UK Web Focus (Brian Kelly)

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Web Accessibility Framework in 3 Words

Posted by Brian Kelly on 6 Feb 2009

Since 2005 I, in conjunction with a number of other accessibility researchers and practitioners in the UK and Australia, have sought to develop a framework for Web accessibility which addresses the shortcomings of the WAI model (which suggests that universal accessibility will be provided by a combination of guidelines for Web content, authoring tools and user agents).

This work began with a paper on “A Holistic Approach to E-Learning Accessibility” by myself, Lawrie Phipps and Elaine Swift published in the Canadian Journal of Learning and Research in 2005.  Ten further papers were subsequently published which furter developed these ideas.

A fair amount of thinking and discussions have taken place in the past 5 years. However at the recent OzeWAI 2009 conference Lisa Herrod summarised our work in a Twitter post:

massive thanks and kudos to @briankelly for adding context & purpose to my accessibility methodology i.e. Accessibility isn’t binary.

Yes, that’s a great summary: “Accessibility isn’t binary“.  It’s not about following a set of rules to achieve universal accessibility.  It’s about shades of grey, differing interpretations, differing user requirements, differing scenarios, etc. And the advocacy, the policies and the appropriate areas for standardisation all arise from those three words.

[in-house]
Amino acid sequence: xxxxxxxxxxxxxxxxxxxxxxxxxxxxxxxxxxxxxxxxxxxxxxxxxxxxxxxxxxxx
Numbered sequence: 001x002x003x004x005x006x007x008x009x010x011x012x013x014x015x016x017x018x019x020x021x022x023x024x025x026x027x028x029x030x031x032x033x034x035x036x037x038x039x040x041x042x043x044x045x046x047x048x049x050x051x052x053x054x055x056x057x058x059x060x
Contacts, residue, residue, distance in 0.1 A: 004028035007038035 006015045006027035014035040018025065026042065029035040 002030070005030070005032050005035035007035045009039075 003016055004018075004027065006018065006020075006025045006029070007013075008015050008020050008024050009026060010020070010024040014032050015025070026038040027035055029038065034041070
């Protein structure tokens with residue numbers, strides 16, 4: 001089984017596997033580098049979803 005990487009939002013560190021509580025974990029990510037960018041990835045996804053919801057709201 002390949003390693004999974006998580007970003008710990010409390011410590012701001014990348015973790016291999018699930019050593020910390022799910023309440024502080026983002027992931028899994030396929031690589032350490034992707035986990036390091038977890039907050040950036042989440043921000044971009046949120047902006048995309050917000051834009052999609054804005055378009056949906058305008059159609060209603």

Thanks to Lisa for spotting the key aspect – and for perhaps coming up with an appropriate title for my next talk on this topic.

4 Responses to “Web Accessibility Framework in 3 Words”

  1. Henny Swan said

    I saw that when Lisa Twittered it and couldn’t agree more. There are so many factors at play. Good work BTW Brian.

  2. mectruy said

    I think that it is pretty clear Henny Swan.. ;)

  3. I was sure I had been using a similar phrase in web accessibility talks and tutorials, so I thought I’d look back through my archived presentations to see when I first mentioned something similar.

    But in doing so, it was surprising – and sobering – to see how much in older presentations I would jump into the detail without some context – some simple three word phrases, like Lisa’s, to underpin how to approach web accessibility. While the detail usually and eventually indicated that accessibility solutions can vary depending on circumstance, stating this upfront would (I’m sure!) have enhanced my early presentations and help get the message over.

    Your post on Twitter and JISC proposal writing, is an illustration of how services like Twitter are teaching us how to be more succinct and effective in our communication…

  4. […] – and followed that up with a tweet which succinctly summarised my talk in three words “Accessibility isn’t binary”. As I described in a blog post that encounter led to @scenariogirl (Lisa Herrod) […]

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